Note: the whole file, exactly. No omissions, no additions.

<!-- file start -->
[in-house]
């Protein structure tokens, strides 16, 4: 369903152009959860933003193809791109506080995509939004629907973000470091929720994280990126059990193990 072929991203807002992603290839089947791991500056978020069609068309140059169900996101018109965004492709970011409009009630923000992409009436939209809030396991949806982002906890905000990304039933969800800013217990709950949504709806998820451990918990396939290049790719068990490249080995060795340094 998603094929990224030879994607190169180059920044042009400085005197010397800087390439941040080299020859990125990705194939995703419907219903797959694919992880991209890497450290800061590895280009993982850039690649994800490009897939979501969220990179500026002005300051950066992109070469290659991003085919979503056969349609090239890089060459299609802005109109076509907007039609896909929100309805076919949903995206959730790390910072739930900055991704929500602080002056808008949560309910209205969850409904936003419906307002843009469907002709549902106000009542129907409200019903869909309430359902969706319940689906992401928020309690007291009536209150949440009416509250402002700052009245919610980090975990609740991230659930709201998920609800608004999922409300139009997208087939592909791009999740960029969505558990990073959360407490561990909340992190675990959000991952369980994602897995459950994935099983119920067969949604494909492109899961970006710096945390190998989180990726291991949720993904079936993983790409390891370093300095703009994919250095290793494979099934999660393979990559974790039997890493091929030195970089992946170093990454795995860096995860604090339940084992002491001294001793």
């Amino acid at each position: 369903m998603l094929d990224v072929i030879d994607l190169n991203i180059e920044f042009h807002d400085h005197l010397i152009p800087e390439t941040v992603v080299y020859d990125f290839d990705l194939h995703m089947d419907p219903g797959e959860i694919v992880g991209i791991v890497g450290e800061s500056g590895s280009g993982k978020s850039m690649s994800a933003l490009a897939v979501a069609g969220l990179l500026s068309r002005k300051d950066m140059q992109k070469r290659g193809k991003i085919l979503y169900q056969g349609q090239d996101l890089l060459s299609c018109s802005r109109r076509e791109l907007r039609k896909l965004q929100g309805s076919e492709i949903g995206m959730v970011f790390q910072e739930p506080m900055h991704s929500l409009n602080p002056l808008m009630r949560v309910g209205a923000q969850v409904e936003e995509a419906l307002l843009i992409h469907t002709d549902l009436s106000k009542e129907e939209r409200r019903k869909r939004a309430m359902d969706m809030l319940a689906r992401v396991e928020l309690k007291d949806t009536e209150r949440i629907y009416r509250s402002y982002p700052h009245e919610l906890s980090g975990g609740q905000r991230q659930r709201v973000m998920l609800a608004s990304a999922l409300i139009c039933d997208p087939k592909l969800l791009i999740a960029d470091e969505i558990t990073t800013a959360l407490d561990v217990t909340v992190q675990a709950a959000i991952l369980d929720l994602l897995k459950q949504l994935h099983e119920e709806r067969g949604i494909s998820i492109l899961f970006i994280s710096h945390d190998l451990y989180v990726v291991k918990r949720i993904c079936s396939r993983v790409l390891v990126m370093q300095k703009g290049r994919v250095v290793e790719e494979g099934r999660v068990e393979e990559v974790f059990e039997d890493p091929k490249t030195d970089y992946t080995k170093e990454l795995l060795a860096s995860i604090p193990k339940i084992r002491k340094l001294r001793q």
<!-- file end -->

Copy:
[in-house]
């Protein structure tokens, strides 16, 4: 369903152009959860933003193809791109506080995509939004629907973000470091929720994280990126059990193990 072929991203807002992603290839089947791991500056978020069609068309140059169900996101018109965004492709970011409009009630923000992409009436939209809030396991949806982002906890905000990304039933969800800013217990709950949504709806998820451990918990396939290049790719068990490249080995060795340094 998603094929990224030879994607190169180059920044042009400085005197010397800087390439941040080299020859990125990705194939995703419907219903797959694919992880991209890497450290800061590895280009993982850039690649994800490009897939979501969220990179500026002005300051950066992109070469290659991003085919979503056969349609090239890089060459299609802005109109076509907007039609896909929100309805076919949903995206959730790390910072739930900055991704929500602080002056808008949560309910209205969850409904936003419906307002843009469907002709549902106000009542129907409200019903869909309430359902969706319940689906992401928020309690007291009536209150949440009416509250402002700052009245919610980090975990609740991230659930709201998920609800608004999922409300139009997208087939592909791009999740960029969505558990990073959360407490561990909340992190675990959000991952369980994602897995459950994935099983119920067969949604494909492109899961970006710096945390190998989180990726291991949720993904079936993983790409390891370093300095703009994919250095290793494979099934999660393979990559974790039997890493091929030195970089992946170093990454795995860096995860604090339940084992002491001294001793």
């Amino acid at each position: 369903m998603l094929d990224v072929i030879d994607l190169n991203i180059e920044f042009h807002d400085h005197l010397i152009p800087e390439t941040v992603v080299y020859d990125f290839d990705l194939h995703m089947d419907p219903g797959e959860i694919v992880g991209i791991v890497g450290e800061s500056g590895s280009g993982k978020s850039m690649s994800a933003l490009a897939v979501a069609g969220l990179l500026s068309r002005k300051d950066m140059q992109k070469r290659g193809k991003i085919l979503y169900q056969g349609q090239d996101l890089l060459s299609c018109s802005r109109r076509e791109l907007r039609k896909l965004q929100g309805s076919e492709i949903g995206m959730v970011f790390q910072e739930p506080m900055h991704s929500l409009n602080p002056l808008m009630r949560v309910g209205a923000q969850v409904e936003e995509a419906l307002l843009i992409h469907t002709d549902l009436s106000k009542e129907e939209r409200r019903k869909r939004a309430m359902d969706m809030l319940a689906r992401v396991e928020l309690k007291d949806t009536e209150r949440i629907y009416r509250s402002y982002p700052h009245e919610l906890s980090g975990g609740q905000r991230q659930r709201v973000m998920l609800a608004s990304a999922l409300i139009c039933d997208p087939k592909l969800l791009i999740a960029d470091e969505i558990t990073t800013a959360l407490d561990v217990t909340v992190q675990a709950a959000i991952l369980d929720l994602l897995k459950q949504l994935h099983e119920e709806r067969g949604i494909s998820i492109l899961f970006i994280s710096h945390d190998l451990y989180v990726v291991k918990r949720i993904c079936s396939r993983v790409l390891v990126m370093q300095k703009g290049r994919v250095v290793e790719e494979g099934r999660v068990e393979e990559v974790f059990e039997d890493p091929k490249t030195d970089y992946t080995k170093e990454l795995l060795a860096s995860i604090p193990k339940i084992r002491k340094l001294r001793q």